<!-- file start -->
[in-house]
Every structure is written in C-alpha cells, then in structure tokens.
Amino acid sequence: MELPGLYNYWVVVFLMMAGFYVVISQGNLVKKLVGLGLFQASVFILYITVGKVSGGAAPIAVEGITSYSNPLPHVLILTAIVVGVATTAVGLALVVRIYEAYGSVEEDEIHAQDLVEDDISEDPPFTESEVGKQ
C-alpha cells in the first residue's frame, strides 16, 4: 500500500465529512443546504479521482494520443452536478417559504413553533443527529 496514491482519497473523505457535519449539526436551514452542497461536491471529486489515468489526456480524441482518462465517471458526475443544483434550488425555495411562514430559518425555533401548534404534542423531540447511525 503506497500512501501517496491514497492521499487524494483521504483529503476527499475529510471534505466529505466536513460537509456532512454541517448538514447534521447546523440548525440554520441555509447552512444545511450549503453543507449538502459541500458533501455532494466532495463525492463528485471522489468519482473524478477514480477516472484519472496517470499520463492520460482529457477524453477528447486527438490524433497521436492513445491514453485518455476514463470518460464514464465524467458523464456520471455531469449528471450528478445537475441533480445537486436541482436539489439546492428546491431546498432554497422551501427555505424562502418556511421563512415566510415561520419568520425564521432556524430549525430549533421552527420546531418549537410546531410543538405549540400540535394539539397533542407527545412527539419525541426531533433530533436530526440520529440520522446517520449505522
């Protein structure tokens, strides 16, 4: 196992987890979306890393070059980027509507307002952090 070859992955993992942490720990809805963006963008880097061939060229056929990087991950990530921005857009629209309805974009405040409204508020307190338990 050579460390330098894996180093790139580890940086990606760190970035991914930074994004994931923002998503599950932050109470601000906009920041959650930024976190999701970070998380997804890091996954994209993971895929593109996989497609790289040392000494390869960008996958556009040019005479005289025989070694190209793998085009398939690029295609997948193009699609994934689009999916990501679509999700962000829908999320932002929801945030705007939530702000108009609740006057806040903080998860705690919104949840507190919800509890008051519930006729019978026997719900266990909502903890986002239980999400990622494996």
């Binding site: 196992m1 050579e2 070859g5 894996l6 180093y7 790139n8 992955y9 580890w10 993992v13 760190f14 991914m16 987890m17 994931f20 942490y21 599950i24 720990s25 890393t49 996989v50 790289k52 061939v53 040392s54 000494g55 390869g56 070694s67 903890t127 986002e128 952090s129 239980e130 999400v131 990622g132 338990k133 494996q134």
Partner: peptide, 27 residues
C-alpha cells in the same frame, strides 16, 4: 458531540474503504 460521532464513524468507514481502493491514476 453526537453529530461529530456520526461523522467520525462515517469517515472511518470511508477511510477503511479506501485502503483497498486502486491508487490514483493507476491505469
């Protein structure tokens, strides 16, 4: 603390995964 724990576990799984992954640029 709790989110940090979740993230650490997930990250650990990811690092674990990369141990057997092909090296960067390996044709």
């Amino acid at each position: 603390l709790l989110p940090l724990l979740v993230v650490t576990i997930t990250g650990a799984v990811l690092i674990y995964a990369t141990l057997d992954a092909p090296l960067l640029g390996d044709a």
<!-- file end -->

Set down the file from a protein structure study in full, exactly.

[in-house]
Every structure is written in C-alpha cells, then in structure tokens.
Amino acid sequence: MELPGLYNYWVVVFLMMAGFYVVISQGNLVKKLVGLGLFQASVFILYITVGKVSGGAAPIAVEGITSYSNPLPHVLILTAIVVGVATTAVGLALVVRIYEAYGSVEEDEIHAQDLVEDDISEDPPFTESEVGKQ
C-alpha cells in the first residue's frame, strides 16, 4: 500500500465529512443546504479521482494520443452536478417559504413553533443527529 496514491482519497473523505457535519449539526436551514452542497461536491471529486489515468489526456480524441482518462465517471458526475443544483434550488425555495411562514430559518425555533401548534404534542423531540447511525 503506497500512501501517496491514497492521499487524494483521504483529503476527499475529510471534505466529505466536513460537509456532512454541517448538514447534521447546523440548525440554520441555509447552512444545511450549503453543507449538502459541500458533501455532494466532495463525492463528485471522489468519482473524478477514480477516472484519472496517470499520463492520460482529457477524453477528447486527438490524433497521436492513445491514453485518455476514463470518460464514464465524467458523464456520471455531469449528471450528478445537475441533480445537486436541482436539489439546492428546491431546498432554497422551501427555505424562502418556511421563512415566510415561520419568520425564521432556524430549525430549533421552527420546531418549537410546531410543538405549540400540535394539539397533542407527545412527539419525541426531533433530533436530526440520529440520522446517520449505522
């Protein structure tokens, strides 16, 4: 196992987890979306890393070059980027509507307002952090 070859992955993992942490720990809805963006963008880097061939060229056929990087991950990530921005857009629209309805974009405040409204508020307190338990 050579460390330098894996180093790139580890940086990606760190970035991914930074994004994931923002998503599950932050109470601000906009920041959650930024976190999701970070998380997804890091996954994209993971895929593109996989497609790289040392000494390869960008996958556009040019005479005289025989070694190209793998085009398939690029295609997948193009699609994934689009999916990501679509999700962000829908999320932002929801945030705007939530702000108009609740006057806040903080998860705690919104949840507190919800509890008051519930006729019978026997719900266990909502903890986002239980999400990622494996």
């Binding site: 196992m1 050579e2 070859g5 894996l6 180093y7 790139n8 992955y9 580890w10 993992v13 760190f14 991914m16 987890m17 994931f20 942490y21 599950i24 720990s25 890393t49 996989v50 790289k52 061939v53 040392s54 000494g55 390869g56 070694s67 903890t127 986002e128 952090s129 239980e130 999400v131 990622g132 338990k133 494996q134």
Partner: peptide, 27 residues
C-alpha cells in the same frame, strides 16, 4: 458531540474503504 460521532464513524468507514481502493491514476 453526537453529530461529530456520526461523522467520525462515517469517515472511518470511508477511510477503511479506501485502503483497498486502486491508487490514483493507476491505469
């Protein structure tokens, strides 16, 4: 603390995964 724990576990799984992954640029 709790989110940090979740993230650490997930990250650990990811690092674990990369141990057997092909090296960067390996044709």
């Amino acid at each position: 603390l709790l989110p940090l724990l979740v993230v650490t576990i997930t990250g650990a799984v990811l690092i674990y995964a990369t141990l057997d992954a092909p090296l960067l640029g390996d044709a």